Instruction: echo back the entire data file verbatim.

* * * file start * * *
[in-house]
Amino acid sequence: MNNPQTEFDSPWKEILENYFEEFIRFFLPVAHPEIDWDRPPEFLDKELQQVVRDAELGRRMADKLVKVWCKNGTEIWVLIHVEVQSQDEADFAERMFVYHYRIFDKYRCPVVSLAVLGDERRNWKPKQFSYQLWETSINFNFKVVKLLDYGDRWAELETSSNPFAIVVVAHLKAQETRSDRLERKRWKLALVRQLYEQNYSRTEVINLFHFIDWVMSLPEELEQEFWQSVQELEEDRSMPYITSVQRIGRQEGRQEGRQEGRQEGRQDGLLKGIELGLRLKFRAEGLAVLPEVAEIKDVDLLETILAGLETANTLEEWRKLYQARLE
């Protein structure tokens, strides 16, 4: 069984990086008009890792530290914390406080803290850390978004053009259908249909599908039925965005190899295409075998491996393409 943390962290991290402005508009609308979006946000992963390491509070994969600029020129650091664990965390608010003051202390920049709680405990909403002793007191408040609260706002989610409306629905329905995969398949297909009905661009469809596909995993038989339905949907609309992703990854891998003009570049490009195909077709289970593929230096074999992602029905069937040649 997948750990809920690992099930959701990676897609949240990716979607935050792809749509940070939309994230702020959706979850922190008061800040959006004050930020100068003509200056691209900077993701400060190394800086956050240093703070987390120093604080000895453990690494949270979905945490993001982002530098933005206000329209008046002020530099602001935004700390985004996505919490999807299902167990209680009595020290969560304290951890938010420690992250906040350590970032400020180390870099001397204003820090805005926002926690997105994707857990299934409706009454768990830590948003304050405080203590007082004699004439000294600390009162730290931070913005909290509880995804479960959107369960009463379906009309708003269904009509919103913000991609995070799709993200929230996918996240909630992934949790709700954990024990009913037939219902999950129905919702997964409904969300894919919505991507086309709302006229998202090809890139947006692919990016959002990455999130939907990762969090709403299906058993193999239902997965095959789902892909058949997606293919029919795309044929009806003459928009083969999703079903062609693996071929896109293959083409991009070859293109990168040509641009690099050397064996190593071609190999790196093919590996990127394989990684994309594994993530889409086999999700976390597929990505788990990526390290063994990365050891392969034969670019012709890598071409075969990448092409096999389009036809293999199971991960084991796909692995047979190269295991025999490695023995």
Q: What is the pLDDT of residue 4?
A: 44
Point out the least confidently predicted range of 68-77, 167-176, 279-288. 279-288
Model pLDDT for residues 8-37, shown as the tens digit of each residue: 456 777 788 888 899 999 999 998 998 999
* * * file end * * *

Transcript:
[in-house]
Amino acid sequence: MNNPQTEFDSPWKEILENYFEEFIRFFLPVAHPEIDWDRPPEFLDKELQQVVRDAELGRRMADKLVKVWCKNGTEIWVLIHVEVQSQDEADFAERMFVYHYRIFDKYRCPVVSLAVLGDERRNWKPKQFSYQLWETSINFNFKVVKLLDYGDRWAELETSSNPFAIVVVAHLKAQETRSDRLERKRWKLALVRQLYEQNYSRTEVINLFHFIDWVMSLPEELEQEFWQSVQELEEDRSMPYITSVQRIGRQEGRQEGRQEGRQEGRQDGLLKGIELGLRLKFRAEGLAVLPEVAEIKDVDLLETILAGLETANTLEEWRKLYQARLE
């Protein structure tokens, strides 16, 4: 069984990086008009890792530290914390406080803290850390978004053009259908249909599908039925965005190899295409075998491996393409 943390962290991290402005508009609308979006946000992963390491509070994969600029020129650091664990965390608010003051202390920049709680405990909403002793007191408040609260706002989610409306629905329905995969398949297909009905661009469809596909995993038989339905949907609309992703990854891998003009570049490009195909077709289970593929230096074999992602029905069937040649 997948750990809920690992099930959701990676897609949240990716979607935050792809749509940070939309994230702020959706979850922190008061800040959006004050930020100068003509200056691209900077993701400060190394800086956050240093703070987390120093604080000895453990690494949270979905945490993001982002530098933005206000329209008046002020530099602001935004700390985004996505919490999807299902167990209680009595020290969560304290951890938010420690992250906040350590970032400020180390870099001397204003820090805005926002926690997105994707857990299934409706009454768990830590948003304050405080203590007082004699004439000294600390009162730290931070913005909290509880995804479960959107369960009463379906009309708003269904009509919103913000991609995070799709993200929230996918996240909630992934949790709700954990024990009913037939219902999950129905919702997964409904969300894919919505991507086309709302006229998202090809890139947006692919990016959002990455999130939907990762969090709403299906058993193999239902997965095959789902892909058949997606293919029919795309044929009806003459928009083969999703079903062609693996071929896109293959083409991009070859293109990168040509641009690099050397064996190593071609190999790196093919590996990127394989990684994309594994993530889409086999999700976390597929990505788990990526390290063994990365050891392969034969670019012709890598071409075969990448092409096999389009036809293999199971991960084991796909692995047979190269295991025999490695023995």
Q: What is the pLDDT of residue 4?
A: 44
Point out the least confidently predicted range of 68-77, 167-176, 279-288. 279-288
Model pLDDT for residues 8-37, shown as the tens digit of each residue: 456 777 788 888 899 999 999 998 998 999